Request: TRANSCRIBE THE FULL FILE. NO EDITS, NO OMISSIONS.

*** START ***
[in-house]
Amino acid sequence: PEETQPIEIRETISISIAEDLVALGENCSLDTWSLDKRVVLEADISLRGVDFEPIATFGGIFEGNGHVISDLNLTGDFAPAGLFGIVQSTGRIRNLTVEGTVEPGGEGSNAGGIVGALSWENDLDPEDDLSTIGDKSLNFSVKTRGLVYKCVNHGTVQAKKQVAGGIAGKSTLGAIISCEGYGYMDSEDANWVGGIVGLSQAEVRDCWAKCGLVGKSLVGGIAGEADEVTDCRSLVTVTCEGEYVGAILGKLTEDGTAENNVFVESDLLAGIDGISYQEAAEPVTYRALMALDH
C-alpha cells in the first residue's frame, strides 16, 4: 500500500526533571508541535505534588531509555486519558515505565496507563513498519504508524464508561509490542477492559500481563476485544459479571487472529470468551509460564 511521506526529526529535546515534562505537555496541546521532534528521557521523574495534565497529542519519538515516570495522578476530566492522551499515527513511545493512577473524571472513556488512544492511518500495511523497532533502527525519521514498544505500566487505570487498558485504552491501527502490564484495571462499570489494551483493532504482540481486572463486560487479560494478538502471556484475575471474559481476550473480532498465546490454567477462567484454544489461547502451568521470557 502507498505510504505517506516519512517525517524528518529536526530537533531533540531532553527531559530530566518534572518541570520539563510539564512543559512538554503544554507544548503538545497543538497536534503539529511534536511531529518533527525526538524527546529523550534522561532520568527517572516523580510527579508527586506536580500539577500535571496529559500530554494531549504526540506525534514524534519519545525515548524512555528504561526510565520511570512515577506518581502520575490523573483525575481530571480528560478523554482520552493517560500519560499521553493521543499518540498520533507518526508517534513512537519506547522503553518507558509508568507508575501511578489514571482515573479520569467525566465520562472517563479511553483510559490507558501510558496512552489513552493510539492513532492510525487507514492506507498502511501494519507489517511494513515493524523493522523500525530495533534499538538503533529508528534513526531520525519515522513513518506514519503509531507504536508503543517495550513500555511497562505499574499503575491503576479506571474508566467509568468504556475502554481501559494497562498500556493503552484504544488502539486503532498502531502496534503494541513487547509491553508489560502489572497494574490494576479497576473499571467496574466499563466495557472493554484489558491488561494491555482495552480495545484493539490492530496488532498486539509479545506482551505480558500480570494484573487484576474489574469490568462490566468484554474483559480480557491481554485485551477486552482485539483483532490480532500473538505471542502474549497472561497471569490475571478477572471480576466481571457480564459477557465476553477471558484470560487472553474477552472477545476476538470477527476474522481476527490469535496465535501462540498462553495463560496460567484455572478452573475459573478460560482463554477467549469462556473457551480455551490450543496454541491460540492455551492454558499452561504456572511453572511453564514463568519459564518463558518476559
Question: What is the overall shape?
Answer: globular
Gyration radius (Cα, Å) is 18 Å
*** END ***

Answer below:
[in-house]
Amino acid sequence: PEETQPIEIRETISISIAEDLVALGENCSLDTWSLDKRVVLEADISLRGVDFEPIATFGGIFEGNGHVISDLNLTGDFAPAGLFGIVQSTGRIRNLTVEGTVEPGGEGSNAGGIVGALSWENDLDPEDDLSTIGDKSLNFSVKTRGLVYKCVNHGTVQAKKQVAGGIAGKSTLGAIISCEGYGYMDSEDANWVGGIVGLSQAEVRDCWAKCGLVGKSLVGGIAGEADEVTDCRSLVTVTCEGEYVGAILGKLTEDGTAENNVFVESDLLAGIDGISYQEAAEPVTYRALMALDH
C-alpha cells in the first residue's frame, strides 16, 4: 500500500526533571508541535505534588531509555486519558515505565496507563513498519504508524464508561509490542477492559500481563476485544459479571487472529470468551509460564 511521506526529526529535546515534562505537555496541546521532534528521557521523574495534565497529542519519538515516570495522578476530566492522551499515527513511545493512577473524571472513556488512544492511518500495511523497532533502527525519521514498544505500566487505570487498558485504552491501527502490564484495571462499570489494551483493532504482540481486572463486560487479560494478538502471556484475575471474559481476550473480532498465546490454567477462567484454544489461547502451568521470557 502507498505510504505517506516519512517525517524528518529536526530537533531533540531532553527531559530530566518534572518541570520539563510539564512543559512538554503544554507544548503538545497543538497536534503539529511534536511531529518533527525526538524527546529523550534522561532520568527517572516523580510527579508527586506536580500539577500535571496529559500530554494531549504526540506525534514524534519519545525515548524512555528504561526510565520511570512515577506518581502520575490523573483525575481530571480528560478523554482520552493517560500519560499521553493521543499518540498520533507518526508517534513512537519506547522503553518507558509508568507508575501511578489514571482515573479520569467525566465520562472517563479511553483510559490507558501510558496512552489513552493510539492513532492510525487507514492506507498502511501494519507489517511494513515493524523493522523500525530495533534499538538503533529508528534513526531520525519515522513513518506514519503509531507504536508503543517495550513500555511497562505499574499503575491503576479506571474508566467509568468504556475502554481501559494497562498500556493503552484504544488502539486503532498502531502496534503494541513487547509491553508489560502489572497494574490494576479497576473499571467496574466499563466495557472493554484489558491488561494491555482495552480495545484493539490492530496488532498486539509479545506482551505480558500480570494484573487484576474489574469490568462490566468484554474483559480480557491481554485485551477486552482485539483483532490480532500473538505471542502474549497472561497471569490475571478477572471480576466481571457480564459477557465476553477471558484470560487472553474477552472477545476476538470477527476474522481476527490469535496465535501462540498462553495463560496460567484455572478452573475459573478460560482463554477467549469462556473457551480455551490450543496454541491460540492455551492454558499452561504456572511453572511453564514463568519459564518463558518476559
Question: What is the overall shape?
Answer: globular
Gyration radius (Cα, Å) is 18 Å